Rythym Dog mentioned in a comment on my previous blog entry that he is surprised how few artists are using Rocket Shells drums. I wondered the same thing...why aren't more drummers opting for the consistent tone, durability, and reduced sensitivity to heat and humidity that synthetic drums offer? Why aren't we gigging with much lighter carbon fiber drums?
|"F Series" fiberglass shells|
from the 1980 Pearl catalog
Secondly, carbon fiber is expensive. Rocket Shells drums, especially when purchased new, were as expensive as premium wood kits. I think when drummers finally decide to part with their hard-earned money, they stick with what they know--because they have to know a lot to get a good sound out of their drums! Dollar for dollar, synthetic shells seem to be a riskier proposition.
|"Fibrestar" (not "Fibrerstar" as the|
misspelled title indicates!) line of
fiberglass drums from the 1978
I'm not a materials expert, but it seems reasonable to assume that carbon fiber, acrylic, and fiberglass are much easier for drum manufacturers to mold into round and true shells with consistent tone. Most drummers will tell you that wood sounds "warmer," but that's subjective. When you consider that all wood laminate shells are actually a hybrid of natural and synthetic materials--some percentage of all wood laminate shells is the glue that holds the plies together--drummers' love affair with "wood" becomes even more interesting.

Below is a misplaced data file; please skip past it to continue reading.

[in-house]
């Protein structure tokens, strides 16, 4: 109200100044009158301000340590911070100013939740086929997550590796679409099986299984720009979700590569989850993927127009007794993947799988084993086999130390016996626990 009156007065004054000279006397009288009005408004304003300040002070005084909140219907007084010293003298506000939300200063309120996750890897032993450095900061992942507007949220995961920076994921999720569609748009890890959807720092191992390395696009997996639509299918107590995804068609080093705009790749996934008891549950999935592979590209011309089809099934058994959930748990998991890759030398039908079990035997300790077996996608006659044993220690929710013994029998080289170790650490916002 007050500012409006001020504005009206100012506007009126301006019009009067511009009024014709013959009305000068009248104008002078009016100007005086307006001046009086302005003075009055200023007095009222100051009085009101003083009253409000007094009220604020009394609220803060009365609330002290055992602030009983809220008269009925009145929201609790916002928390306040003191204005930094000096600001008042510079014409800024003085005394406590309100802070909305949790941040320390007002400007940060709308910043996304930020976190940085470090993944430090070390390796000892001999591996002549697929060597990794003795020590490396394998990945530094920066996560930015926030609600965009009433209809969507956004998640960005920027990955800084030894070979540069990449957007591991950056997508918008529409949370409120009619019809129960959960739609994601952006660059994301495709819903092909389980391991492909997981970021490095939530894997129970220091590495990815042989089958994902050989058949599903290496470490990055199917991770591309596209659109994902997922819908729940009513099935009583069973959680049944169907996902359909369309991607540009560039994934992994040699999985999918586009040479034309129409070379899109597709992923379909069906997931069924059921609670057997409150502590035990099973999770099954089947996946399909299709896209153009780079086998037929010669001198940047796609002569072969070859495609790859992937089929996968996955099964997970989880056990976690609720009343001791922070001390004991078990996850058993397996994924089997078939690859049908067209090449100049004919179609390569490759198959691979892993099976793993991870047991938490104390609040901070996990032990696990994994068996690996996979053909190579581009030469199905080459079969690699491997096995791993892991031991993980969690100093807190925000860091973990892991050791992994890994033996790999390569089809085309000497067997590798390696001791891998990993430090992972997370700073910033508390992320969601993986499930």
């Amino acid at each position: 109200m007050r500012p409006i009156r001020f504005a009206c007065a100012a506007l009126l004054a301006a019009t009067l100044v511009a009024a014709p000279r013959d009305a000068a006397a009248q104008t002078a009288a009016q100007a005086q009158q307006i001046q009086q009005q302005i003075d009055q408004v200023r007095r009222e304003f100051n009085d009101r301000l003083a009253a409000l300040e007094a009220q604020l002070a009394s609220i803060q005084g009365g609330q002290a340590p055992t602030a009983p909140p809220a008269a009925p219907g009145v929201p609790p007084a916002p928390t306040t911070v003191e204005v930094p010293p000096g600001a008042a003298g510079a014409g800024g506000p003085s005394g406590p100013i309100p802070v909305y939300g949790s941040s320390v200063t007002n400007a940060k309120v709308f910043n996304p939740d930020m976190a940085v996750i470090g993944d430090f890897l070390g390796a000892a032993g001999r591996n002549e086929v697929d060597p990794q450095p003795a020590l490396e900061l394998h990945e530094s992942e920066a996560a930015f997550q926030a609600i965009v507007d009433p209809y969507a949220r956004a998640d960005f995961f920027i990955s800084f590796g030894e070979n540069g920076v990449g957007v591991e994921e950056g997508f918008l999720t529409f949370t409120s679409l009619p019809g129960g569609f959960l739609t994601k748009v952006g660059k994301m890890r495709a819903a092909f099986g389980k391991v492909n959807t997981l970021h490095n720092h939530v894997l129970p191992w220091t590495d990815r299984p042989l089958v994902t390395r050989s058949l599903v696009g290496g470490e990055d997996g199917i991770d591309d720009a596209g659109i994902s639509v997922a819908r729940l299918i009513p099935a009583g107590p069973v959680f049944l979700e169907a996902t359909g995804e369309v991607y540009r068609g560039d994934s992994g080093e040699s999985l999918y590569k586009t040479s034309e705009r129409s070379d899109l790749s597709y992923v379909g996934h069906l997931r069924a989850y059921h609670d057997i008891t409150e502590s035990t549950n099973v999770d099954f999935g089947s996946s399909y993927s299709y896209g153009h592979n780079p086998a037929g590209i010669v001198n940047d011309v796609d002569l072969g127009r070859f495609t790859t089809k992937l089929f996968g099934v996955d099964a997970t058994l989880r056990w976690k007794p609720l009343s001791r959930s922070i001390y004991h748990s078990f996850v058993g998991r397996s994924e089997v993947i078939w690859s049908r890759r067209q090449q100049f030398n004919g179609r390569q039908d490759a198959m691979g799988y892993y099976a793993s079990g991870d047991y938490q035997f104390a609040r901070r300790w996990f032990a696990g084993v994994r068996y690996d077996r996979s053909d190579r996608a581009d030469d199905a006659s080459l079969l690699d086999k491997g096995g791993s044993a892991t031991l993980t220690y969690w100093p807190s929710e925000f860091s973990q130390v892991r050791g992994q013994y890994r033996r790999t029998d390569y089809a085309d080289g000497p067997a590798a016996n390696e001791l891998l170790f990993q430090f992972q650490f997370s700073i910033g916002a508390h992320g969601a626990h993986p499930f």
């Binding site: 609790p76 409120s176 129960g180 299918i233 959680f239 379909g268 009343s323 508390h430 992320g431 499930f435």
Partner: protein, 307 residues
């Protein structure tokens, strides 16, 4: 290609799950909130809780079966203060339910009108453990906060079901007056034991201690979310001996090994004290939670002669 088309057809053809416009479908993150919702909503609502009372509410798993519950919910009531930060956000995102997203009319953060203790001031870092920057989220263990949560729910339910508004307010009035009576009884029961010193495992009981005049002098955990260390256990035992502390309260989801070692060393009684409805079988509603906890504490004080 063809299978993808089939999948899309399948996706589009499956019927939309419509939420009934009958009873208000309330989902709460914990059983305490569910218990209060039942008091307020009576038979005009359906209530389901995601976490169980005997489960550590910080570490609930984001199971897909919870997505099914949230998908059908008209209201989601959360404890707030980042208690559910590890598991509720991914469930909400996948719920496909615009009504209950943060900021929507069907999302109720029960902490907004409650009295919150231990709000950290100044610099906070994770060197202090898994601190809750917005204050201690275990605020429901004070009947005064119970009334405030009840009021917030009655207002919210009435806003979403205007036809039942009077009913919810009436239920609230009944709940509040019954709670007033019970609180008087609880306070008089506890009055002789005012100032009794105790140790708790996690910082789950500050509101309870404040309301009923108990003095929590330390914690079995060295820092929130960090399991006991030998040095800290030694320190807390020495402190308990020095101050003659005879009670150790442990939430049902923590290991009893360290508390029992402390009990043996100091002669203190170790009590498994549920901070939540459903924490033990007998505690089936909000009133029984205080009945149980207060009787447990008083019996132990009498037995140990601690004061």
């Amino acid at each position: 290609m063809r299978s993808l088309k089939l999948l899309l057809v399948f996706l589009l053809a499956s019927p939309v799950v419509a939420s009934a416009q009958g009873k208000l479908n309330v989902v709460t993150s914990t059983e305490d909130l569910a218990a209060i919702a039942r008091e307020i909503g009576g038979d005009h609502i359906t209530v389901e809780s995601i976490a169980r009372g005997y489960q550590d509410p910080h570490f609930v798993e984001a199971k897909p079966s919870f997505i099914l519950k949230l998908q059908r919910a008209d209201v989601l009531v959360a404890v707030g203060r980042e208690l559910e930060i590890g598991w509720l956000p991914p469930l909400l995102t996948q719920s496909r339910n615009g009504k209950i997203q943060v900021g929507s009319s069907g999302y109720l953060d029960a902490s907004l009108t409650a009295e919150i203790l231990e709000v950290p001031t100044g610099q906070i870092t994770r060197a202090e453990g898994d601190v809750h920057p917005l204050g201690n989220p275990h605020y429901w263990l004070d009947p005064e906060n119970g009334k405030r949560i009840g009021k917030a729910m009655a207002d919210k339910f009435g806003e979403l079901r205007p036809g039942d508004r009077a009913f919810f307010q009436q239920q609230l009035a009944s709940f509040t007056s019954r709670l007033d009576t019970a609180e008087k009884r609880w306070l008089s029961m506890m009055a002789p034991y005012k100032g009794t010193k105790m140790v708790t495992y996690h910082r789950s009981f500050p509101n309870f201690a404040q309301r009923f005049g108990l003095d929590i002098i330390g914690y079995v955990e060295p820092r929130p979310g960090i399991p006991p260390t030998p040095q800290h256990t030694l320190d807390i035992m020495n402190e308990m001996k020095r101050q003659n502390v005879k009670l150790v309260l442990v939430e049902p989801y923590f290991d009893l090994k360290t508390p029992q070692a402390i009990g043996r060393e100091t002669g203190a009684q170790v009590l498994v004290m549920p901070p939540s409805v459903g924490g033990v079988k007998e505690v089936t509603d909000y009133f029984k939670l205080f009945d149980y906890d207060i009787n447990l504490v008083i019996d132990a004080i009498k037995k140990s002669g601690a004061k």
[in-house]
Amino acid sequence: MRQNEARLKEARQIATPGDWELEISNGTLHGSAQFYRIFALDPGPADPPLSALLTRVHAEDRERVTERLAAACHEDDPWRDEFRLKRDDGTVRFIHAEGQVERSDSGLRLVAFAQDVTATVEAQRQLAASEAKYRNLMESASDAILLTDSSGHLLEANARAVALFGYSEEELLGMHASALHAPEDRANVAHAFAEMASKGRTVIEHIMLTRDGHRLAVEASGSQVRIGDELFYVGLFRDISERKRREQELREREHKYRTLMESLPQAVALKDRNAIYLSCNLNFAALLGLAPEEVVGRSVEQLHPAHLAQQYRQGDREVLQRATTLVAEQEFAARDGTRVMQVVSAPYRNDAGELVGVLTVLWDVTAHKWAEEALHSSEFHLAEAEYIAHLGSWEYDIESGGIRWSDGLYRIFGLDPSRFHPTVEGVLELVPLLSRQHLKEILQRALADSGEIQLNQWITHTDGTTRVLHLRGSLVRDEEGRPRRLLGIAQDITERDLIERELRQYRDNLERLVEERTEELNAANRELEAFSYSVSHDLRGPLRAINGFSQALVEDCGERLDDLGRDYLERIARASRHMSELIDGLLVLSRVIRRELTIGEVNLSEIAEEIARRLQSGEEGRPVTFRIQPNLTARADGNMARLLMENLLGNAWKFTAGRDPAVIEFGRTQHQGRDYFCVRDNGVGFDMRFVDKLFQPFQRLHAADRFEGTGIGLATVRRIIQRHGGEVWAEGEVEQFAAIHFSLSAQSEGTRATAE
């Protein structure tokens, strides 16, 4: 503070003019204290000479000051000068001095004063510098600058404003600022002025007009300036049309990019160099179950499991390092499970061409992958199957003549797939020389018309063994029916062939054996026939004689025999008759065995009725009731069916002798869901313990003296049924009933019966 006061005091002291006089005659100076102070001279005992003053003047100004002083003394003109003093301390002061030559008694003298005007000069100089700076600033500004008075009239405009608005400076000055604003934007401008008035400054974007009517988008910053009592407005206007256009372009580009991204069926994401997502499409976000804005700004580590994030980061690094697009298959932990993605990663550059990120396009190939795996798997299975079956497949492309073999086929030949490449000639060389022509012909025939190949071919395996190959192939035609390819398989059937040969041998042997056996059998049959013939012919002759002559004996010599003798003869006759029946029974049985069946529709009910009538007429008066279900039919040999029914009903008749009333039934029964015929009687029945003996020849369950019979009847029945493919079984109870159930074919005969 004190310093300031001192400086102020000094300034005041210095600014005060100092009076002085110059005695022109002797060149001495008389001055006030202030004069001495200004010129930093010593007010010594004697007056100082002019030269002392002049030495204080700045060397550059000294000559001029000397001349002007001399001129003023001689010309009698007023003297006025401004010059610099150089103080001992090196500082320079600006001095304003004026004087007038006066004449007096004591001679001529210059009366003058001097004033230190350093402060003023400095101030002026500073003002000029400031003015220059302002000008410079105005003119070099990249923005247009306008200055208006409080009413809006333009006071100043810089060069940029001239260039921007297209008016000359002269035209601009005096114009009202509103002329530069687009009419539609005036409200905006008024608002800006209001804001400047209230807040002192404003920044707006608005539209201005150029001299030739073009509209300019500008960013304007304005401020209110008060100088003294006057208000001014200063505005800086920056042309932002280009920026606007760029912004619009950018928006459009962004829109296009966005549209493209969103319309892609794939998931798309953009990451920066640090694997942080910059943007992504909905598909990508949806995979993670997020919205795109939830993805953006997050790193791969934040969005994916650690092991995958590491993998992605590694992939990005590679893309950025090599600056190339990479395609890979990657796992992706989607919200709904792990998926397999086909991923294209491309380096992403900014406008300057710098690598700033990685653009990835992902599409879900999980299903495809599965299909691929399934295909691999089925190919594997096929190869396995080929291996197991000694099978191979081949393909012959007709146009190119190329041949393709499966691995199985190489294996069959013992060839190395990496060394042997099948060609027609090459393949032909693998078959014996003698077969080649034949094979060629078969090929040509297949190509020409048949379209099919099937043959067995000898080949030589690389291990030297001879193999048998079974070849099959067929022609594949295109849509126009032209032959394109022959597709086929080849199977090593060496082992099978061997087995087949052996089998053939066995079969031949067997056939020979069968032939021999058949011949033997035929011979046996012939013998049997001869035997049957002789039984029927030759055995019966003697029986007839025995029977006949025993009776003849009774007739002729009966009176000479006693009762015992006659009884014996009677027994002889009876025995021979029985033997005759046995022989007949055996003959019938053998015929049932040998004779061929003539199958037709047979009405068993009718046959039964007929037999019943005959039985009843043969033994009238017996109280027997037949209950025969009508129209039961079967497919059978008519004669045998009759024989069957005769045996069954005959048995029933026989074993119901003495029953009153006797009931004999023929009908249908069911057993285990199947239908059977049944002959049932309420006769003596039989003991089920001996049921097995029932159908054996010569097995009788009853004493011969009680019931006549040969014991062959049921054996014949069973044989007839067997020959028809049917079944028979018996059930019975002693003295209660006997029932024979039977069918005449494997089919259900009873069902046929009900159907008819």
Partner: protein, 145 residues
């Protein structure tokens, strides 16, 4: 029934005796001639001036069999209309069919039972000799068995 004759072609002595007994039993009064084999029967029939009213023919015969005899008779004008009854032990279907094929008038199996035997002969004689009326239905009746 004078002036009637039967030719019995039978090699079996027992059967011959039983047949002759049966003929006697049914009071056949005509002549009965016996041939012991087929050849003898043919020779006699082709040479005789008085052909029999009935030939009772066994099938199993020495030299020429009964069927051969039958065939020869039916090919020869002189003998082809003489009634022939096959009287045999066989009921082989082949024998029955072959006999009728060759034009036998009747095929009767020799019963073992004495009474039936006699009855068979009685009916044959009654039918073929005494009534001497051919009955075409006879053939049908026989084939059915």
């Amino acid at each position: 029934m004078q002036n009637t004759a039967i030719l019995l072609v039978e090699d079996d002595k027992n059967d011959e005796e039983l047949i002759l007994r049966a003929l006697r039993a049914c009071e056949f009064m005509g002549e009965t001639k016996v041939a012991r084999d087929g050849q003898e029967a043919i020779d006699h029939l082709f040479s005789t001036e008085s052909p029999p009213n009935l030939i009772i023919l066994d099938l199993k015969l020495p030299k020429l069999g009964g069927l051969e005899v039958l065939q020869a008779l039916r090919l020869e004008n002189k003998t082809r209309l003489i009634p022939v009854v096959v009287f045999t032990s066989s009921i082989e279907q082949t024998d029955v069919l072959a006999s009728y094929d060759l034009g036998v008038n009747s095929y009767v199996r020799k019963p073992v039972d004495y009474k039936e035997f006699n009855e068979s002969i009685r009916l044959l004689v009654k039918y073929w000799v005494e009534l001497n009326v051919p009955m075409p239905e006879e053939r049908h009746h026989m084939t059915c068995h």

John Good at DW Drums has altered the tone of wood shells by changing the direction of the wood grain between plies, so it's clear that characteristics specific to wood are important to the sound of a wood drum shell. The question is whether the characteristics specific to wood result in a truly superior drum sound. Given the natural variances in wood products, wood shells manufactured using identical raw materials and production processes could still have different sound qualities. The debate rages on drummers' forums as to whether those differences in sound quality create the effect that we call "warmth."
|Rocket Shells 8x13 carbon fiber snare drum|
In the end, it comes down to experience. Rythym Dog recommended that I take a look at Rocket Shells back in 2010. Three years later, I finally take his advice and I'm stunned by the attack, the body, the tone, and even the look of my new Rocket Shells snare drum.
Is my love affair with wood shells coming to an end? No...but if I'm ever back in the market, I will definitely be looking at shells constructed with synthetic materials, especially carbon fiber, or maybe a good ol' vintage fiberglass kit.